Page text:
The multinational drug company Pfizer has once again been caught in the act of concealing research data. This time the accusation comes, not from researchers, but from the Institute for Quality and Efficiency in Health Care (IQWiG) based in Cologne, Germany. The IQWiG is an independent scientific institute that conducts healthcare research and evaluations on behalf of Germany’s public health insurance regulator.
The drug in question is reboxetine, an antidepressant approved in 1997 in Germany. The IQWiG has been conducting a ‘benefit assessment’ of this drug and two other drugs for the Federal Joint Committee (G-BA).
According to the IQWiG, reboxetine was tested by Pfizer on about 4,600 patients, suffering from depression, in at least 16 trials. However, the Institute had access to data of only 1,600 patients.
According to the Institute, key information in 9 of the 16 trials was missing. The lack of information prevented it from fully evaluating the drug’s performance. “If the unpublished data are not included, there is a high risk of incorrectly estimating the benefit and harm of this drug agent,” it noted. Based on whatever data was available, the Institute in its preliminary report stated that reboxetine had “no proof of benefit.”
This conclusion has a huge implication for Pfizer. According to the British Medical Journal (BMJ), if the Institute is unable to assess the benefit of a drug because of lack of data, it is highly likely that insurance companies in Germany may refuse to reimburse its cost. The practice of cherry picking positive results and the penchant for concealing negative findings is nothing new for the drug industry. But such concealment often results in incorrect assessment of a drug’s safety and efficacy.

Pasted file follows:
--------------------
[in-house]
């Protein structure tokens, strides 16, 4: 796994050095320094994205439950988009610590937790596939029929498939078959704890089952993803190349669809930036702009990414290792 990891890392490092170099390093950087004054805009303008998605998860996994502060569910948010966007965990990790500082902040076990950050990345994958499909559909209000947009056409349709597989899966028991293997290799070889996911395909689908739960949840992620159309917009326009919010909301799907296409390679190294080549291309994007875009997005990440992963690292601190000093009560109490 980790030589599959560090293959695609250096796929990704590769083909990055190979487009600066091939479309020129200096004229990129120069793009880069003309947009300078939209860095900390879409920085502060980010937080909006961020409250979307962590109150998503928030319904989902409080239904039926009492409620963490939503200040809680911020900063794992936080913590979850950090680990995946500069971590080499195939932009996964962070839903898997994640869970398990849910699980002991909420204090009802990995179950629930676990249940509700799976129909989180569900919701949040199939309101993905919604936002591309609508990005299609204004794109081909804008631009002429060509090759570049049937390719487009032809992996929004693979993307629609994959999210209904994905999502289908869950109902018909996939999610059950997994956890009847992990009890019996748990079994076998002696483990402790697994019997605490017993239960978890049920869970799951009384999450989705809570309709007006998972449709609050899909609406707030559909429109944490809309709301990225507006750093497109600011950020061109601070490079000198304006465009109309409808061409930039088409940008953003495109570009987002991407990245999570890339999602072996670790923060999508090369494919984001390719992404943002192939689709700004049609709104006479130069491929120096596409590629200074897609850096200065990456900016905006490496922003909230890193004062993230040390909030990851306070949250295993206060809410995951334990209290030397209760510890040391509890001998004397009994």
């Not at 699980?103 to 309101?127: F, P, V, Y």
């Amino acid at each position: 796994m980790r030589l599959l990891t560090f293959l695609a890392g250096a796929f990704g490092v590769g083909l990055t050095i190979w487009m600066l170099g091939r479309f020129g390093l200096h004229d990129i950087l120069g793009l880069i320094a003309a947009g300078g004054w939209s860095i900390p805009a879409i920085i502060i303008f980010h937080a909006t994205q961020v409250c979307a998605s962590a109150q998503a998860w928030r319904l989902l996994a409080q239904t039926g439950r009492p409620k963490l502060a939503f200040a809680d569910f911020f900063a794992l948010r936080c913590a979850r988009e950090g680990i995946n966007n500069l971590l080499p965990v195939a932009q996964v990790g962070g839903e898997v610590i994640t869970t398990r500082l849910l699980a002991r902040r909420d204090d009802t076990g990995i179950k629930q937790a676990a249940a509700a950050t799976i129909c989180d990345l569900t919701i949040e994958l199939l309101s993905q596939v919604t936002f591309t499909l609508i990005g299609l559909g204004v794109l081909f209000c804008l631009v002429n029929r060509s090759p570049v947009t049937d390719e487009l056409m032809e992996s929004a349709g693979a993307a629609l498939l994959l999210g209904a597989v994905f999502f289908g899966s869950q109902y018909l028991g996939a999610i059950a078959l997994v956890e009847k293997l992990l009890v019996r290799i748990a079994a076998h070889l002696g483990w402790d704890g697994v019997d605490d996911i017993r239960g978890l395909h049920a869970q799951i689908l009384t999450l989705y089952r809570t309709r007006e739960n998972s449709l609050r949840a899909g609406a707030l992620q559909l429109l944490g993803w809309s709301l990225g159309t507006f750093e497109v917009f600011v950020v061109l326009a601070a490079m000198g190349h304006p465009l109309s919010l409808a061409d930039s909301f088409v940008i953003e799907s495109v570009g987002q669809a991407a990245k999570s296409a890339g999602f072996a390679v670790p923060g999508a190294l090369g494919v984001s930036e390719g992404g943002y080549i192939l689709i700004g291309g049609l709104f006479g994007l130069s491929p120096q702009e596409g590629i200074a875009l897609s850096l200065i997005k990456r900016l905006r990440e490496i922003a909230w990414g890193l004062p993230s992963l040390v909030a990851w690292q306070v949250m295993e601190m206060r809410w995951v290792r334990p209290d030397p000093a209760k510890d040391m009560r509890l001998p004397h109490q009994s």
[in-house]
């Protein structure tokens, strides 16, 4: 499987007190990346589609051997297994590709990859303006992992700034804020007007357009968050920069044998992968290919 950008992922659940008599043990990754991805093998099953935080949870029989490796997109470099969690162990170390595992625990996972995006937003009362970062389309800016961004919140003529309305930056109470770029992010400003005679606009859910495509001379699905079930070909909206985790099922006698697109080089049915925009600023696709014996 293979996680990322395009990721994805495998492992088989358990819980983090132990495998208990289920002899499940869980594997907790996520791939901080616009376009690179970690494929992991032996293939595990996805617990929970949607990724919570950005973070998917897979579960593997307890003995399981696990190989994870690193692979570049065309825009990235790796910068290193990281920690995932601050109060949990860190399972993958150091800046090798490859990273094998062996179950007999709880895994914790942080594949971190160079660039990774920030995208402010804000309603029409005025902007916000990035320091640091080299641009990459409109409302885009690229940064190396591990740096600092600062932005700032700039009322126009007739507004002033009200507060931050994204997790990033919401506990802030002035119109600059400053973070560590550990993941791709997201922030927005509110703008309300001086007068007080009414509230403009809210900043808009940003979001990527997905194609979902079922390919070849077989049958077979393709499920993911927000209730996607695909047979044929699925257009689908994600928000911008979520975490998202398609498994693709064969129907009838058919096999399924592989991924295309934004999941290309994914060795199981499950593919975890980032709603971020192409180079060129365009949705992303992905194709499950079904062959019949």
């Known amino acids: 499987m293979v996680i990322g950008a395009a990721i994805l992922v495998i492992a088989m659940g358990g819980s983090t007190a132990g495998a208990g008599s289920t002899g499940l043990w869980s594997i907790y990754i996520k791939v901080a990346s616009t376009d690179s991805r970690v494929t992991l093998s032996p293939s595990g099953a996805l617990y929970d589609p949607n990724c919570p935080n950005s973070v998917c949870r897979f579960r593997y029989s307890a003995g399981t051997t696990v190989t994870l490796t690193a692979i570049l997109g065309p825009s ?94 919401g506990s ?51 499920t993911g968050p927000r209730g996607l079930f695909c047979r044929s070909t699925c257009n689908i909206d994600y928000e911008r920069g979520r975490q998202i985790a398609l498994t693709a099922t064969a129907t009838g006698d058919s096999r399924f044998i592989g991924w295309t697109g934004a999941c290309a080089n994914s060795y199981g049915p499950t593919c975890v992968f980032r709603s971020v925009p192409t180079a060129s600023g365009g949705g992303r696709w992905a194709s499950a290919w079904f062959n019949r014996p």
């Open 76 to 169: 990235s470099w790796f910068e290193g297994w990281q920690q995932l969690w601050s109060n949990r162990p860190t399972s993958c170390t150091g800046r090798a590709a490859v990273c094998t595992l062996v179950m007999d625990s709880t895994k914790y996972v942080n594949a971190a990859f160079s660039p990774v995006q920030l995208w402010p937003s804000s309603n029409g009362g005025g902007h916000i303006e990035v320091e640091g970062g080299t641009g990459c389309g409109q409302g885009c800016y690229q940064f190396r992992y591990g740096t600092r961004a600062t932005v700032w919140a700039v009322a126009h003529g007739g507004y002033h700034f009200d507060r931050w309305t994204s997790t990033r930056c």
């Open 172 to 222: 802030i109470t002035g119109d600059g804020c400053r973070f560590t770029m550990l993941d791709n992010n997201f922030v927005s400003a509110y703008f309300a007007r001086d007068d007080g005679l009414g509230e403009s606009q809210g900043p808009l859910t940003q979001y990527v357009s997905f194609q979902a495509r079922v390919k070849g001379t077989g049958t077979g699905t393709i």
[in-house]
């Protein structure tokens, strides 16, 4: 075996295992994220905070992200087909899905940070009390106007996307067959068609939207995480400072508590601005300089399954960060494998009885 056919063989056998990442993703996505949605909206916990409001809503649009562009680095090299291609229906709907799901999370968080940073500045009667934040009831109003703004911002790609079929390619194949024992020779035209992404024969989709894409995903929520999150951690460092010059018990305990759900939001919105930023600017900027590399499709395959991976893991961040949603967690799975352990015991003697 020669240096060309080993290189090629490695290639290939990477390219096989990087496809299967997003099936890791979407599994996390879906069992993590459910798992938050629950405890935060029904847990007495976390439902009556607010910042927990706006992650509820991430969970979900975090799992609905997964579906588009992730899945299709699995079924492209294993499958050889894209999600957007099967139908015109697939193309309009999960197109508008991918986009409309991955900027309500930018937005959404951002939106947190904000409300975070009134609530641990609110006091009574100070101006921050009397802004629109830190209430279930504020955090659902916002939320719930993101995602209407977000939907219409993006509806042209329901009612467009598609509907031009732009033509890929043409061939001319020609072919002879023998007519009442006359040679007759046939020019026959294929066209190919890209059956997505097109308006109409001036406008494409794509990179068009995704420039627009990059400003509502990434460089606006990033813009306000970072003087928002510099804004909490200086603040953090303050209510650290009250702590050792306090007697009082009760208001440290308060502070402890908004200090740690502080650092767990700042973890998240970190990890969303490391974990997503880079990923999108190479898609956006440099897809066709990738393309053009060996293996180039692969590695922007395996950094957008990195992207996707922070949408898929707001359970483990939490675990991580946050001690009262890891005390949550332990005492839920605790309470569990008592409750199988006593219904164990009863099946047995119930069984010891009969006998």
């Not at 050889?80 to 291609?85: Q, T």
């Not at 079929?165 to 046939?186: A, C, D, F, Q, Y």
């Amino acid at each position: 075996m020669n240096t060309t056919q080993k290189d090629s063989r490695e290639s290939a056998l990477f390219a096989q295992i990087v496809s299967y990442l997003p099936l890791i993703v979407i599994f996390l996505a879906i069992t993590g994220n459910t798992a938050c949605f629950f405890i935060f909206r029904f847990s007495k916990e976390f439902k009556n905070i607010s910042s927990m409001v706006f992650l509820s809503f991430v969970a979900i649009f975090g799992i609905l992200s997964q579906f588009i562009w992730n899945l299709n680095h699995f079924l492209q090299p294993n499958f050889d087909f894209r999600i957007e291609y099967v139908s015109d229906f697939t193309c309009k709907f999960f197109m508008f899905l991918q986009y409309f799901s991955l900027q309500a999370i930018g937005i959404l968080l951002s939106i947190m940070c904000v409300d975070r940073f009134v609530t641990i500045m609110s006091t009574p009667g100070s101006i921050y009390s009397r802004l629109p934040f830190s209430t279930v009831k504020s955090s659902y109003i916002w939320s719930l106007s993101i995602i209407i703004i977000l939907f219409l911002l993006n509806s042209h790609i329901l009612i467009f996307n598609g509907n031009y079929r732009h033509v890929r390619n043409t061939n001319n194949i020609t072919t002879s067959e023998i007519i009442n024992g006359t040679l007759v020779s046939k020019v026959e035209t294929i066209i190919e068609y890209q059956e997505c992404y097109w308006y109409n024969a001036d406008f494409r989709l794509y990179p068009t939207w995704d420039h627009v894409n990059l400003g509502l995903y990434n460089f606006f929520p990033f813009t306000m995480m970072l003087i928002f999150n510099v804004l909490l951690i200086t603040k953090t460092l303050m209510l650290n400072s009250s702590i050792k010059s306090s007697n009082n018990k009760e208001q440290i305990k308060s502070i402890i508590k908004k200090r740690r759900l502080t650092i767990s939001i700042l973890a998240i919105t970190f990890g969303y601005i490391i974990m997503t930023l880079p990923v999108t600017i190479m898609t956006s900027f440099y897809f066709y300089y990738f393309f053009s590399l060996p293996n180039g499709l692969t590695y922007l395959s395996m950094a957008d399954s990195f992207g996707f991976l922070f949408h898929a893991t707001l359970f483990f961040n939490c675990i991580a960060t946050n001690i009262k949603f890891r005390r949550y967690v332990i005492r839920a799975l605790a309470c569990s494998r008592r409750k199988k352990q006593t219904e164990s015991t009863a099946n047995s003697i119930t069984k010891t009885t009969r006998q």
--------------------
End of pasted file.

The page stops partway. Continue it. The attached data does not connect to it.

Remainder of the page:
It is to overcome this shortcoming that the Institute had in place an agreement with the German Association of Research-based Pharmaceutical Companies to gain access to such data. But the agreement was of little help. According to IQWiG, Pfizer did not give any reasons for refusing to disclose the data.
“Reboxetine is a safe, effective and well tolerated drug. IQWIG is not a regulatory authority but a private institute. There is no obligation to provide IQWiG with information,” Martin Fensch, head of communications for Pfizer Deutschland was quoted as saying in the BMJ.
The IQWiG is now calling for an EU-wide legal obligation to publish the results of clinical results. The U.S. passed such a law last year.